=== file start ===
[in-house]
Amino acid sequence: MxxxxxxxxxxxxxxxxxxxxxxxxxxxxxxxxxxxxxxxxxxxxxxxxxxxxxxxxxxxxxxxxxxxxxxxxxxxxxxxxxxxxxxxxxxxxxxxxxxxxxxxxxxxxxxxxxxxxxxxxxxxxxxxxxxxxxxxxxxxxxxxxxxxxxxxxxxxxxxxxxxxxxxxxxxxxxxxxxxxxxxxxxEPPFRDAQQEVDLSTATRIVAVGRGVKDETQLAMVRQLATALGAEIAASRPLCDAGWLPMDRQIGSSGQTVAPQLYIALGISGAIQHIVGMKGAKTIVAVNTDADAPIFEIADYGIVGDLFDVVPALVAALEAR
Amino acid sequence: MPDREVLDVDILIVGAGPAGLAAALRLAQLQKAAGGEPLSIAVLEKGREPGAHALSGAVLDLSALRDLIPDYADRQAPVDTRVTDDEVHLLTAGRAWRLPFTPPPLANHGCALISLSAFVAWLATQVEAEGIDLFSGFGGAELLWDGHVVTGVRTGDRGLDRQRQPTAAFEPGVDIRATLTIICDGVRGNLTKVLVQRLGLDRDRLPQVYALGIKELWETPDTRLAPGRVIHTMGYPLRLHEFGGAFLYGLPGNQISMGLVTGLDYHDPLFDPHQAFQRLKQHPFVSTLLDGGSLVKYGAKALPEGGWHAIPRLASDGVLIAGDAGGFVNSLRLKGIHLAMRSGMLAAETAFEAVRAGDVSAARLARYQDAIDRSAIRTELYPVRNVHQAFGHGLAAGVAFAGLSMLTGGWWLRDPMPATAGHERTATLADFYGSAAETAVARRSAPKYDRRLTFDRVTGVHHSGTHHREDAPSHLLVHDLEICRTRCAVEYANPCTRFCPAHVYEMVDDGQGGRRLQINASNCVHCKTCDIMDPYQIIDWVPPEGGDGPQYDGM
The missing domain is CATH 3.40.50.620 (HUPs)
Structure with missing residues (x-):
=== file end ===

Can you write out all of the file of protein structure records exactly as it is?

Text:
[in-house]
Amino acid sequence: MxxxxxxxxxxxxxxxxxxxxxxxxxxxxxxxxxxxxxxxxxxxxxxxxxxxxxxxxxxxxxxxxxxxxxxxxxxxxxxxxxxxxxxxxxxxxxxxxxxxxxxxxxxxxxxxxxxxxxxxxxxxxxxxxxxxxxxxxxxxxxxxxxxxxxxxxxxxxxxxxxxxxxxxxxxxxxxxxxxxxxxxxxEPPFRDAQQEVDLSTATRIVAVGRGVKDETQLAMVRQLATALGAEIAASRPLCDAGWLPMDRQIGSSGQTVAPQLYIALGISGAIQHIVGMKGAKTIVAVNTDADAPIFEIADYGIVGDLFDVVPALVAALEAR
Amino acid sequence: MPDREVLDVDILIVGAGPAGLAAALRLAQLQKAAGGEPLSIAVLEKGREPGAHALSGAVLDLSALRDLIPDYADRQAPVDTRVTDDEVHLLTAGRAWRLPFTPPPLANHGCALISLSAFVAWLATQVEAEGIDLFSGFGGAELLWDGHVVTGVRTGDRGLDRQRQPTAAFEPGVDIRATLTIICDGVRGNLTKVLVQRLGLDRDRLPQVYALGIKELWETPDTRLAPGRVIHTMGYPLRLHEFGGAFLYGLPGNQISMGLVTGLDYHDPLFDPHQAFQRLKQHPFVSTLLDGGSLVKYGAKALPEGGWHAIPRLASDGVLIAGDAGGFVNSLRLKGIHLAMRSGMLAAETAFEAVRAGDVSAARLARYQDAIDRSAIRTELYPVRNVHQAFGHGLAAGVAFAGLSMLTGGWWLRDPMPATAGHERTATLADFYGSAAETAVARRSAPKYDRRLTFDRVTGVHHSGTHHREDAPSHLLVHDLEICRTRCAVEYANPCTRFCPAHVYEMVDDGQGGRRLQINASNCVHCKTCDIMDPYQIIDWVPPEGGDGPQYDGM
The missing domain is CATH 3.40.50.620 (HUPs)
Structure with missing residues (x-):